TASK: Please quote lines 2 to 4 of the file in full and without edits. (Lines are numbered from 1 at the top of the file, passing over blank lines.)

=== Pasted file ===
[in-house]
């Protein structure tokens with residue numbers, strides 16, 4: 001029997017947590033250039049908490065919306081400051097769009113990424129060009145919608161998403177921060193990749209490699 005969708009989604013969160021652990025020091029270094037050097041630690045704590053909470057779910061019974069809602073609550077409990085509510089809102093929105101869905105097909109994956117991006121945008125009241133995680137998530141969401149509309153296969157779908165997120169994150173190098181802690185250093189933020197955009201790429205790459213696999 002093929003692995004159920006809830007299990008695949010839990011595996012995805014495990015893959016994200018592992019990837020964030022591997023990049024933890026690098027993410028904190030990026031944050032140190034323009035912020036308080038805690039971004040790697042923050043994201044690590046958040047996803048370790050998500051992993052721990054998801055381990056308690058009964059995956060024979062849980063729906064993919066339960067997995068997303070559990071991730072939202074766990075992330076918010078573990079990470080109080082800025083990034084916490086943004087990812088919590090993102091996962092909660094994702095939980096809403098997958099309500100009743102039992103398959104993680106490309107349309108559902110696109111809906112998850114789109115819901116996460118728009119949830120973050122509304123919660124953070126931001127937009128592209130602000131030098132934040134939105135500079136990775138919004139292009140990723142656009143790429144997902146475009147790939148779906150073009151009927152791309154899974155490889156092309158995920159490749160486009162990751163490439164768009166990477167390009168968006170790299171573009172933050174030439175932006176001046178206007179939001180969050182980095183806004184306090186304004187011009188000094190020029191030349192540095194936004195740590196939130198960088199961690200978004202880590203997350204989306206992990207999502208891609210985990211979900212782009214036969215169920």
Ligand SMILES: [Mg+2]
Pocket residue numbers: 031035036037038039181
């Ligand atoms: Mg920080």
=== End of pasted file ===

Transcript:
């Protein structure tokens with residue numbers, strides 16, 4: 001029997017947590033250039049908490065919306081400051097769009113990424129060009145919608161998403177921060193990749209490699 005969708009989604013969160021652990025020091029270094037050097041630690045704590053909470057779910061019974069809602073609550077409990085509510089809102093929105101869905105097909109994956117991006121945008125009241133995680137998530141969401149509309153296969157779908165997120169994150173190098181802690185250093189933020197955009201790429205790459213696999 002093929003692995004159920006809830007299990008695949010839990011595996012995805014495990015893959016994200018592992019990837020964030022591997023990049024933890026690098027993410028904190030990026031944050032140190034323009035912020036308080038805690039971004040790697042923050043994201044690590046958040047996803048370790050998500051992993052721990054998801055381990056308690058009964059995956060024979062849980063729906064993919066339960067997995068997303070559990071991730072939202074766990075992330076918010078573990079990470080109080082800025083990034084916490086943004087990812088919590090993102091996962092909660094994702095939980096809403098997958099309500100009743102039992103398959104993680106490309107349309108559902110696109111809906112998850114789109115819901116996460118728009119949830120973050122509304123919660124953070126931001127937009128592209130602000131030098132934040134939105135500079136990775138919004139292009140990723142656009143790429144997902146475009147790939148779906150073009151009927152791309154899974155490889156092309158995920159490749160486009162990751163490439164768009166990477167390009168968006170790299171573009172933050174030439175932006176001046178206007179939001180969050182980095183806004184306090186304004187011009188000094190020029191030349192540095194936004195740590196939130198960088199961690200978004202880590203997350204989306206992990207999502208891609210985990211979900212782009214036969215169920």
Ligand SMILES: [Mg+2]
Pocket residue numbers: 031035036037038039181